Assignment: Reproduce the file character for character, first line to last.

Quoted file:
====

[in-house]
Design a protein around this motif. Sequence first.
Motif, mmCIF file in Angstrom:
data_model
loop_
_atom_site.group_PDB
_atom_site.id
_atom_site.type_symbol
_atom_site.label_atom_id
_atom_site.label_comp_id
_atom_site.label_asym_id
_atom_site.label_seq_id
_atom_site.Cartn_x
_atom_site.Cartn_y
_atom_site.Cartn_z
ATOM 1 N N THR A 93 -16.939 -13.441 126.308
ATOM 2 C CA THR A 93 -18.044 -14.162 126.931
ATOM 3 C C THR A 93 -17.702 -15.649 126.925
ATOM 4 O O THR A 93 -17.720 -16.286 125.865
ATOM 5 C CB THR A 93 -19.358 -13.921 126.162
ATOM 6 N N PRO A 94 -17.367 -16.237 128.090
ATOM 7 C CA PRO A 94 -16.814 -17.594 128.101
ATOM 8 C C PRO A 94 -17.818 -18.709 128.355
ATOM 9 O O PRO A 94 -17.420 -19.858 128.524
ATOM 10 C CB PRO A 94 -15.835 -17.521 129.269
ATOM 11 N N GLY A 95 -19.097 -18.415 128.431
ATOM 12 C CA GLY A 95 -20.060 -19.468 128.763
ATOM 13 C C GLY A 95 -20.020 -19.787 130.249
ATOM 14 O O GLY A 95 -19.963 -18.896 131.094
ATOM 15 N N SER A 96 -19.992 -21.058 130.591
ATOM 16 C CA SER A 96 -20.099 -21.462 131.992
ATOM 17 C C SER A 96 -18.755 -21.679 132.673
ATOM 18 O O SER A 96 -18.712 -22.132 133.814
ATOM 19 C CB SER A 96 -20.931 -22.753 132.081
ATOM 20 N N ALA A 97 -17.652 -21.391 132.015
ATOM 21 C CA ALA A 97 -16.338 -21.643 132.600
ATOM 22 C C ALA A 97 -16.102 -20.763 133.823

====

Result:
[in-house]
Design a protein around this motif. Sequence first.
Motif, mmCIF file in Angstrom:
data_model
loop_
_atom_site.group_PDB
_atom_site.id
_atom_site.type_symbol
_atom_site.label_atom_id
_atom_site.label_comp_id
_atom_site.label_asym_id
_atom_site.label_seq_id
_atom_site.Cartn_x
_atom_site.Cartn_y
_atom_site.Cartn_z
ATOM 1 N N THR A 93 -16.939 -13.441 126.308
ATOM 2 C CA THR A 93 -18.044 -14.162 126.931
ATOM 3 C C THR A 93 -17.702 -15.649 126.925
ATOM 4 O O THR A 93 -17.720 -16.286 125.865
ATOM 5 C CB THR A 93 -19.358 -13.921 126.162
ATOM 6 N N PRO A 94 -17.367 -16.237 128.090
ATOM 7 C CA PRO A 94 -16.814 -17.594 128.101
ATOM 8 C C PRO A 94 -17.818 -18.709 128.355
ATOM 9 O O PRO A 94 -17.420 -19.858 128.524
ATOM 10 C CB PRO A 94 -15.835 -17.521 129.269
ATOM 11 N N GLY A 95 -19.097 -18.415 128.431
ATOM 12 C CA GLY A 95 -20.060 -19.468 128.763
ATOM 13 C C GLY A 95 -20.020 -19.787 130.249
ATOM 14 O O GLY A 95 -19.963 -18.896 131.094
ATOM 15 N N SER A 96 -19.992 -21.058 130.591
ATOM 16 C CA SER A 96 -20.099 -21.462 131.992
ATOM 17 C C SER A 96 -18.755 -21.679 132.673
ATOM 18 O O SER A 96 -18.712 -22.132 133.814
ATOM 19 C CB SER A 96 -20.931 -22.753 132.081
ATOM 20 N N ALA A 97 -17.652 -21.391 132.015
ATOM 21 C CA ALA A 97 -16.338 -21.643 132.600
ATOM 22 C C ALA A 97 -16.102 -20.763 133.823